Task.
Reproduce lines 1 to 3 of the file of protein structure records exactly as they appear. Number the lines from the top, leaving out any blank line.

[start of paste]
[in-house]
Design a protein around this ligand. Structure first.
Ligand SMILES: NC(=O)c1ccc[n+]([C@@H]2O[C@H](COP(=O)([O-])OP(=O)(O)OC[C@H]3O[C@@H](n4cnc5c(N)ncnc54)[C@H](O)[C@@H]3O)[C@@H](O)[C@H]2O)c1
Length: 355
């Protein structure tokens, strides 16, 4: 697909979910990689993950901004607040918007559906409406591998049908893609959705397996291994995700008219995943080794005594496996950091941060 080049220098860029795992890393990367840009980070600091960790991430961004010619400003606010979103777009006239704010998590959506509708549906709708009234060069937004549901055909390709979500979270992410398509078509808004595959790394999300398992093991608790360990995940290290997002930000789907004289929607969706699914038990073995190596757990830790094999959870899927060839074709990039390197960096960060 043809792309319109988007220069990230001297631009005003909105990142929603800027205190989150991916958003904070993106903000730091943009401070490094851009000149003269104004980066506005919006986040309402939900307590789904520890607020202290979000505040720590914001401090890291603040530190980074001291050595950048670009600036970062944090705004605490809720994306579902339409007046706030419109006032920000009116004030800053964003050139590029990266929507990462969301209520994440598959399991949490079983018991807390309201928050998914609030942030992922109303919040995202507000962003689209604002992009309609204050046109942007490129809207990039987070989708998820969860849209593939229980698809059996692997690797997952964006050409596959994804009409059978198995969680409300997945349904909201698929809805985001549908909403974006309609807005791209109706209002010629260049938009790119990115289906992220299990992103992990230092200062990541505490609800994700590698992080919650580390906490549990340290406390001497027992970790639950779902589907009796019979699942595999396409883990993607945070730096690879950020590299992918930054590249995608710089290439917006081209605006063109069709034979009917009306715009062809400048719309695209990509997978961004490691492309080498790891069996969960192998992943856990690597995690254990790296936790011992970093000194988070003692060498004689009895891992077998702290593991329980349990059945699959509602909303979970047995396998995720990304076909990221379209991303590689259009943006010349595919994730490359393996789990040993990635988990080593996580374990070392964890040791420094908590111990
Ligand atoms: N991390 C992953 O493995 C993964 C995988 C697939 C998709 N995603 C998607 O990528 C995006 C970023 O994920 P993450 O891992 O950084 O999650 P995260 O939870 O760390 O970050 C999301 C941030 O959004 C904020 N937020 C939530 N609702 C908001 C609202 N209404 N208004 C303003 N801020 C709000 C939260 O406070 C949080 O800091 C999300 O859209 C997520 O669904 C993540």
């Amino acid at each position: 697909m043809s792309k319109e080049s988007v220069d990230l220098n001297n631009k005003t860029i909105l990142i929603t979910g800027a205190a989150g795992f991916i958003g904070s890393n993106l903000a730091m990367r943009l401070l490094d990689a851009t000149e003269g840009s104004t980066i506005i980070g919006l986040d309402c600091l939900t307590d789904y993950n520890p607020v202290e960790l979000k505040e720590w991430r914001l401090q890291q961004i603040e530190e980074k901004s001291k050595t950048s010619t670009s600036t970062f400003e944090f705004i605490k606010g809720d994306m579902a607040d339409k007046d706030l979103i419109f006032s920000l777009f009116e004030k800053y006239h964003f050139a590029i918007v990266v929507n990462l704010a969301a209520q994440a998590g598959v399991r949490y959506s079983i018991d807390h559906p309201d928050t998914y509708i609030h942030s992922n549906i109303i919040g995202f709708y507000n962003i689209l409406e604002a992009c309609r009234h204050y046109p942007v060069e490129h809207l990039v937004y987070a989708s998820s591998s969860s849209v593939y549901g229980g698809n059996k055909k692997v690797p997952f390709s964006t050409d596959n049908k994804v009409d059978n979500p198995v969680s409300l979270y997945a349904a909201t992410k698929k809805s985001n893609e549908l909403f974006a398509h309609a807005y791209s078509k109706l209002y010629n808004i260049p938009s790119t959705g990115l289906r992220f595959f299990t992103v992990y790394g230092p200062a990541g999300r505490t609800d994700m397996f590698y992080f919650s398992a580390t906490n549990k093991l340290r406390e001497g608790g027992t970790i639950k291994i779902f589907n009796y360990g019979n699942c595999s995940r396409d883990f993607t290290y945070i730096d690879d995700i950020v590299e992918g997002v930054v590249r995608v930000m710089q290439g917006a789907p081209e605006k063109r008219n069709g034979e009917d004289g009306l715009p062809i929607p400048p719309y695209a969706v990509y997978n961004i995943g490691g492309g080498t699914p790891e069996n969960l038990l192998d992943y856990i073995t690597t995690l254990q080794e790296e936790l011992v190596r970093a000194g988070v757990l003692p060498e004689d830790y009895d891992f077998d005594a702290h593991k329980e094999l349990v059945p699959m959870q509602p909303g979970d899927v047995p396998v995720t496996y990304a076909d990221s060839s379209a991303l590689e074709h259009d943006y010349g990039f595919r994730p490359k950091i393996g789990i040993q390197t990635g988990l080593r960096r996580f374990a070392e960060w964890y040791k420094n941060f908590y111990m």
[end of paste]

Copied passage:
[in-house]
Design a protein around this ligand. Structure first.
Ligand SMILES: NC(=O)c1ccc[n+]([C@@H]2O[C@H](COP(=O)([O-])OP(=O)(O)OC[C@H]3O[C@@H](n4cnc5c(N)ncnc54)[C@H](O)[C@@H]3O)[C@@H](O)[C@H]2O)c1